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Cognitive Function and Quality of Life in Community-Dwelling Seniors with Mild Cognitive Impairment in Taiwan

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The aims of this study were to examine the relationships between overall cognitive function and the quality of life (QOL) domains, and to compare the differences in these by age, gender, and educational level in community-dwelling seniors in Taiwan. A cross-sectional study was conducted, with the participants screened and recruited from Southern Tainan. The Saint Louis University Mental Status Examination was used to screen the cognitive status of the participants. A total of 144 seniors participated in this study were assessed using the Taiwanese version of WHOQOL-BREF. The results showed that the participants performed better in the cognitive domains of “figure identification” and “orientation” while they performed poor in “delayed recall” and “immediate paragraph recall”. No significant relationship between cognitive function and overall QOL, but a positive relationship between cognitive function and the physical health domain of QOL was found. The findings of this study provide valuable information for community healthcare providers.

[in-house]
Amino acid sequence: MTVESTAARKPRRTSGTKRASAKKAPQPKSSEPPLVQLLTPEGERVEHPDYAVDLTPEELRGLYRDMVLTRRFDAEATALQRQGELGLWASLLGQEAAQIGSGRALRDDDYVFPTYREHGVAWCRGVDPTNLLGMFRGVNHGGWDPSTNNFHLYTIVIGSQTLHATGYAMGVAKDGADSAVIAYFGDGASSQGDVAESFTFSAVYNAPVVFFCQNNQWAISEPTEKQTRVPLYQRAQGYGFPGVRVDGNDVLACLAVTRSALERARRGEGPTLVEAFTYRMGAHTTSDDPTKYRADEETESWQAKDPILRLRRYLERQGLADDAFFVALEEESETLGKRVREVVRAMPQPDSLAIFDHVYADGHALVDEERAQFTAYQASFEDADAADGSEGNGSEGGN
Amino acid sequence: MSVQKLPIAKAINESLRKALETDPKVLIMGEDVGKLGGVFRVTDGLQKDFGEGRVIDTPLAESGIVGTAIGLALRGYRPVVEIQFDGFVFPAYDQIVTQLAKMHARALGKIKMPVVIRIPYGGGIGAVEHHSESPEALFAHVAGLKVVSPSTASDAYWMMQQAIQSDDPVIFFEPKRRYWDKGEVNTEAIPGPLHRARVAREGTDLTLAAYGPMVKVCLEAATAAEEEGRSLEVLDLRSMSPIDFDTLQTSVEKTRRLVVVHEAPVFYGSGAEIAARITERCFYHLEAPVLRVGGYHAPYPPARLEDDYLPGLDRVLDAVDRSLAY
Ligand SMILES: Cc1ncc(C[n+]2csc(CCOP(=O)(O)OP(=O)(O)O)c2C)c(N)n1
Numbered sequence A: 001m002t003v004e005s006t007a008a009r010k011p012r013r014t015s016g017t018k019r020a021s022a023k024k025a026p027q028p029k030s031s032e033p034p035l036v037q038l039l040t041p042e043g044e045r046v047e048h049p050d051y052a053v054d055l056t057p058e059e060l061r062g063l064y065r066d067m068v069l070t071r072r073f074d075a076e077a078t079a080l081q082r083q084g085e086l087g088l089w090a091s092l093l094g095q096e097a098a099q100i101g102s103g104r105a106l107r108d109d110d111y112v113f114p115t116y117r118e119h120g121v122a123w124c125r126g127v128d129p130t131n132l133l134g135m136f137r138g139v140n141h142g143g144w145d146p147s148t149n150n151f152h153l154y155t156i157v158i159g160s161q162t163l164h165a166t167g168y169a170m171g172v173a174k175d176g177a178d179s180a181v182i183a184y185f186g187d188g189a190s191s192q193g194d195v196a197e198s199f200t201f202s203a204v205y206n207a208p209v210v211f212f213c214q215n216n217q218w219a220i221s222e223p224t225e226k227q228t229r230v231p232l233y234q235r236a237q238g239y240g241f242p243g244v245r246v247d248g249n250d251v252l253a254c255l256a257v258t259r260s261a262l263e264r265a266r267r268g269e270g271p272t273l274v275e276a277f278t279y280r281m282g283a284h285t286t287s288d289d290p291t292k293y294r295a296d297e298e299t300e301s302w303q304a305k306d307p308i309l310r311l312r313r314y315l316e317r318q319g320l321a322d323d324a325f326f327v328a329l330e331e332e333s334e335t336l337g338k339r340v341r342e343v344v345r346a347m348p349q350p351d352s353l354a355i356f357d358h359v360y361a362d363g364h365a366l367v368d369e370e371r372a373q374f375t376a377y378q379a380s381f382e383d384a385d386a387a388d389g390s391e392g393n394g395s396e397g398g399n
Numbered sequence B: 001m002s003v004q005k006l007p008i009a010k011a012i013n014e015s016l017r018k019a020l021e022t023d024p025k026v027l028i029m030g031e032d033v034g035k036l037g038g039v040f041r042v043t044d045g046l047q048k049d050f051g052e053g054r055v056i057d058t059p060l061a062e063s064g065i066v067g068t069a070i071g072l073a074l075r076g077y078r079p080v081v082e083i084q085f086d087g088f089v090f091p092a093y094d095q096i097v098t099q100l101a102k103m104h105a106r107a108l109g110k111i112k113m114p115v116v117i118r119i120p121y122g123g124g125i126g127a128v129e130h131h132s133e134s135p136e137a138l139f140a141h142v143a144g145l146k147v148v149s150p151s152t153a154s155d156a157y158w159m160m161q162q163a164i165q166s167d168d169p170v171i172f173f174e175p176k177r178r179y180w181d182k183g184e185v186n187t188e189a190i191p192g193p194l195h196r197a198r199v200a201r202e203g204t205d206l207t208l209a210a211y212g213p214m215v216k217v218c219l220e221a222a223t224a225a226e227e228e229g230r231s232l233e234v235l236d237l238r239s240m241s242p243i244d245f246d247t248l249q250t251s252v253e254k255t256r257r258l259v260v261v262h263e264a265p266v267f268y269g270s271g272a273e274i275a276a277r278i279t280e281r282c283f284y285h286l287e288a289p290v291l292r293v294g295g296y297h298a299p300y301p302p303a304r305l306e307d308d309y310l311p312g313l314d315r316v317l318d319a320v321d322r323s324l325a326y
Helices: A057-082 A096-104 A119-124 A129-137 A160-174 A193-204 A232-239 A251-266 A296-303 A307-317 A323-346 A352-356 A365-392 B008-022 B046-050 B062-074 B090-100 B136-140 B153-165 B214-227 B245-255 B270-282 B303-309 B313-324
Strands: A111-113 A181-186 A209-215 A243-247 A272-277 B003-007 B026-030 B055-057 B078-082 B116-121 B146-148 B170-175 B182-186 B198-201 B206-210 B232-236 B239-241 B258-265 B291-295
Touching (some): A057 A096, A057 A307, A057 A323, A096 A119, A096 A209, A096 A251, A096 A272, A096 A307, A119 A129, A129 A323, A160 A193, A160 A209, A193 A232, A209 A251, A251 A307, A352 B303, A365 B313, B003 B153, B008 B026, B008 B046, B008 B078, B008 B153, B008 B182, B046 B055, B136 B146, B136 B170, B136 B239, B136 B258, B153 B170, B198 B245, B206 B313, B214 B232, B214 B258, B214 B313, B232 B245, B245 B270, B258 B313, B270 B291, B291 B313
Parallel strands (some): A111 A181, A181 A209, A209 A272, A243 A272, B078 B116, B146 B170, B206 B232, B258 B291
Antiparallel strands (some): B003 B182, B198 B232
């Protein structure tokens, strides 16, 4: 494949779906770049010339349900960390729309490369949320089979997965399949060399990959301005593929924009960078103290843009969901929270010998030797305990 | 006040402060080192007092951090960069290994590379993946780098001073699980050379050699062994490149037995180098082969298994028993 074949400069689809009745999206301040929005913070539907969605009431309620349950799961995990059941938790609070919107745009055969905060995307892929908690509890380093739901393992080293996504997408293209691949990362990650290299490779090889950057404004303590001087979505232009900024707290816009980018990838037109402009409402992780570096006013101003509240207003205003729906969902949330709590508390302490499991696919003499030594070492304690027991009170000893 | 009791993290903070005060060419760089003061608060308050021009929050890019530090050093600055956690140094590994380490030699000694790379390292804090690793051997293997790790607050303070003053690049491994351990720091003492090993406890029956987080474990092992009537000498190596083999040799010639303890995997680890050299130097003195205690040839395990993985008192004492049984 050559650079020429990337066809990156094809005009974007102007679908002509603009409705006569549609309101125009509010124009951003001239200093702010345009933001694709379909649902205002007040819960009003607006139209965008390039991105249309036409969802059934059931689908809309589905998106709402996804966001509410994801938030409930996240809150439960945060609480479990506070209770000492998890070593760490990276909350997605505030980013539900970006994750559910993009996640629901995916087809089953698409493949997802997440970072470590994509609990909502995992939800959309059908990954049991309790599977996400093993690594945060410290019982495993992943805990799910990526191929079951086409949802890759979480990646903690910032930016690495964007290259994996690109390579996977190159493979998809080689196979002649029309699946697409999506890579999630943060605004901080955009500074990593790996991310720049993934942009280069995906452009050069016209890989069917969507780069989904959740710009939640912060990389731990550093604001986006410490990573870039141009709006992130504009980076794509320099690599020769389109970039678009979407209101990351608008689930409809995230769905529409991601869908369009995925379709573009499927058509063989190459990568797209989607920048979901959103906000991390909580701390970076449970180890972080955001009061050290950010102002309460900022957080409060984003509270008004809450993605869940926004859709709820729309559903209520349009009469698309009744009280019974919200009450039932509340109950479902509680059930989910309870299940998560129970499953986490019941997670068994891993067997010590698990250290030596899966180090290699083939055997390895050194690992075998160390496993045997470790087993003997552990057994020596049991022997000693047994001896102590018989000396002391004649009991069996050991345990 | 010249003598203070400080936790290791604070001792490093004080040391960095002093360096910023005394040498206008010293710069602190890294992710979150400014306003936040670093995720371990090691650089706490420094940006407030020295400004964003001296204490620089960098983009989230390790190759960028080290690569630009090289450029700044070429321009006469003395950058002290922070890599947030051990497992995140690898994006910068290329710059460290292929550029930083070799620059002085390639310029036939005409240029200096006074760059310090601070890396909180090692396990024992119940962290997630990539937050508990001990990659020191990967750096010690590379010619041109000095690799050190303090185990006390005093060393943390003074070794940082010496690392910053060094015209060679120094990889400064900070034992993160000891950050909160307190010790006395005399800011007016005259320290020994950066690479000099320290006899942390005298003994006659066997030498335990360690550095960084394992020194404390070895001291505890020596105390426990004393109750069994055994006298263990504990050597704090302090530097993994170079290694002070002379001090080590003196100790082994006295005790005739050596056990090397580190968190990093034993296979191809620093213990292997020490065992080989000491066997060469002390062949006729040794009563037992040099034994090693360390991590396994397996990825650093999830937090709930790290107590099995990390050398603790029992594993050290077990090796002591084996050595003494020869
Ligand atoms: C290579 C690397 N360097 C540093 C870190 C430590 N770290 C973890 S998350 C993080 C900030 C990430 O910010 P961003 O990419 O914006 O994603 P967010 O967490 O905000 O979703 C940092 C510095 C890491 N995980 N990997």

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This research was supported by the Department of Education of Taiwan (D102-53-005).

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Correspondence to Jing-Jy Wang.

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Hsiao, HT., Li, SY., Yang, YP. et al. Cognitive Function and Quality of Life in Community-Dwelling Seniors with Mild Cognitive Impairment in Taiwan. Community Ment Health J 52, 493–498 (2016).

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